STACKS Matt Rich's rhythmic abstractions suggest Frank Stella in their formal design and street art in their gritty surface textures.
If street art made a baby with Frank Stella's 1960s geometric abstractions, the offspring would look something like Matt Rich's show "Ghost Muscle" at Samson (450 Harrison Ave Boston, through April 28). The Cambridge artist choreographs and weaves swatches of cut-out paper, slathered and sprayed with paint, into handsome triangles, color bars, and one curious, busted star that all float on Samson's big, open white walls.
Rich's geometric designs resemble Stella's. In Stacks, you can feel the thought going into the careful placement of each stripe to create harmonies of various blues and browns, each band angled down, one perpendicular to the next, to become a series of Vs, the pattern slightly syncopated so that it never repeats the same way twice. Rich's textures bring to mind the grit of the streets. In reproduction, the painted paper abstractions appear flat. In person, the colors have fades or are painted one atop the other in ways that bring to mind those found Rothkos you see where graffiti in underpasses has been painted over with rectangles of paint that don't quite match the original wall. And the paper in Rich's show is scuffed and ripped, dented and bent, like something you'd find wheatpasted to a wall.
One of the things that's easy to overlook about Rich's work is its delicacy. When his paintings were exhibited at the Institute of Contemporary Art as one of the 2010 Foster Prize finalists, the supersized galleries dwarfed his pieces, making them seem both physically and intellectually small. Back at Samson, where his 2009 show got people to stand up and take notice, Rich's works look great again. And increased painterliness gives them more juice. Scribble — which stands out because it's the one piece to eschew hard geometry — features blue, purple, white, and yellow paint scraped and scribbled atop paper strips and sheets taped and pasted together into a bumpy shape that resembles a charmingly goofball cartoon cloud.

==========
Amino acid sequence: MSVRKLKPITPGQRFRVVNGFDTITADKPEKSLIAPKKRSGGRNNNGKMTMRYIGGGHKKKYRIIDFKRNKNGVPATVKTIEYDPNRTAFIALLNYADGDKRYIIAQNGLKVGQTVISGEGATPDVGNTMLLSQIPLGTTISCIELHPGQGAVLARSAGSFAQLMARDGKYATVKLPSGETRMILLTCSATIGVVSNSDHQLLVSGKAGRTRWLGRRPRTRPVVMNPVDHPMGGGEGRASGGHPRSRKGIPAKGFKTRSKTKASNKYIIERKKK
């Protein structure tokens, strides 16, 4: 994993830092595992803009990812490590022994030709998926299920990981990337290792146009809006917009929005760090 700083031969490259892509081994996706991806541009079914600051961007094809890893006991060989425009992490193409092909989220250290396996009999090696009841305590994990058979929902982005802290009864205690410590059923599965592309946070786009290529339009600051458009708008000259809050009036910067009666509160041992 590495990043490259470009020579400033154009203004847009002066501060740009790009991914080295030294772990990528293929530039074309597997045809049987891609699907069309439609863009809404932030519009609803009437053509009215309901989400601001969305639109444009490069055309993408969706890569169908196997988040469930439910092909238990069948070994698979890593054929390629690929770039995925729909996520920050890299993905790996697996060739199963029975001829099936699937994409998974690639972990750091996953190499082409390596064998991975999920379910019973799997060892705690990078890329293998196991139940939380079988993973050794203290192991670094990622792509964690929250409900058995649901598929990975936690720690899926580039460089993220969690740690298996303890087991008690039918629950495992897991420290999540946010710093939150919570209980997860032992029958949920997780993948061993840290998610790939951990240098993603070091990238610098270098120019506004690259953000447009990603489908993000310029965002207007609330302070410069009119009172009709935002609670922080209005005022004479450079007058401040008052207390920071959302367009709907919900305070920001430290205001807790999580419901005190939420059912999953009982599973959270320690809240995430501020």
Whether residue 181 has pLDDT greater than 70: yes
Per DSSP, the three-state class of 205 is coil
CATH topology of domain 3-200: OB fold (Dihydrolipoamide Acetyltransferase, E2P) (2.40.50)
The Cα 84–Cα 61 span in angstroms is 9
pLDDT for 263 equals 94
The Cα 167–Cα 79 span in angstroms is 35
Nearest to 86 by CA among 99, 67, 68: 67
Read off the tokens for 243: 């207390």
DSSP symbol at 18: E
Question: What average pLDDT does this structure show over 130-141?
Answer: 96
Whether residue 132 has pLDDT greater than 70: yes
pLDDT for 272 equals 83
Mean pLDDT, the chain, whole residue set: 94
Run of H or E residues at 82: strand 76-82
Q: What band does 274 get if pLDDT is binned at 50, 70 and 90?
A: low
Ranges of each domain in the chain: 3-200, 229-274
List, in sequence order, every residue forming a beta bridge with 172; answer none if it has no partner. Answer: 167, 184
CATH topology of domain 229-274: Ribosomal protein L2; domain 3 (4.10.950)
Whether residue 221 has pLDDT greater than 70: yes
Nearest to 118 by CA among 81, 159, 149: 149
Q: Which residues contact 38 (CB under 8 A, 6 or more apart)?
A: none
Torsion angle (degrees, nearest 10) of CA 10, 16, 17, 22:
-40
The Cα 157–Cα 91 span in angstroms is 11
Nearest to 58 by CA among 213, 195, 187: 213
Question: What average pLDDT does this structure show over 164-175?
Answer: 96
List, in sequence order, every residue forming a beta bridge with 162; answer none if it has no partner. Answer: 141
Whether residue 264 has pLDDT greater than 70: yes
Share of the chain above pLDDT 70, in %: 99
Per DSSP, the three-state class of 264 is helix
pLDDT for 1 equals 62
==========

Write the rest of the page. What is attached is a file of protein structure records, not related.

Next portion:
For some years, Zoe Perry-Wood of Lexington has been photographing creative community spectacles — Provincetown's Carnival, cross-dressing in Oaxaca, Mexico, Halloween costumes — activities often overlooked by the art world, but created by artists who insist on expressing and asserting their communities nonetheless.
In "The BAGLY Prom Series" at Gallery Kayafas (450 Harrison Ave, Boston, through May 12), she documents the Boston Alliance of Gay, Lesbian, Bisexual and Transgender Youth's annual prom at Boston City Hall, which is billed as the oldest (since 1981) and largest event of its kind in the country (attracting some 2000 people). The next prom is scheduled for May 19.
From 2008 to '10, Perry-Wood shot candid photos in the middle of the revelry — dancers bumping and grinding, a girl arranging her fingers into a heart on her chest. Last year, Perry-Wood set up lights and a dark photo backdrop to create more traditional, formal prom portraits. The results (which also include portraits from the BAGLY Halloween Party) are awkward and kind of detached in the way that posed prom photos often are. You feel more the people's wariness, their defenses up, than Perry-Wood connecting with who they are. But it's a tantalizing glimpse into a huge event, happening in plain sight, that often goes unnoticed by the rest of the city. Meet the leather boy in vest, short shorts and military cap; the girl with her wrists decorated by colorful bracelets and her arms striped red with cuts; the female couple, one in a gown, the other in a tuxedo; and two guys with their foreheads pressed together, intimate.
Read Greg Cook's blog at gregcookland.com/journal.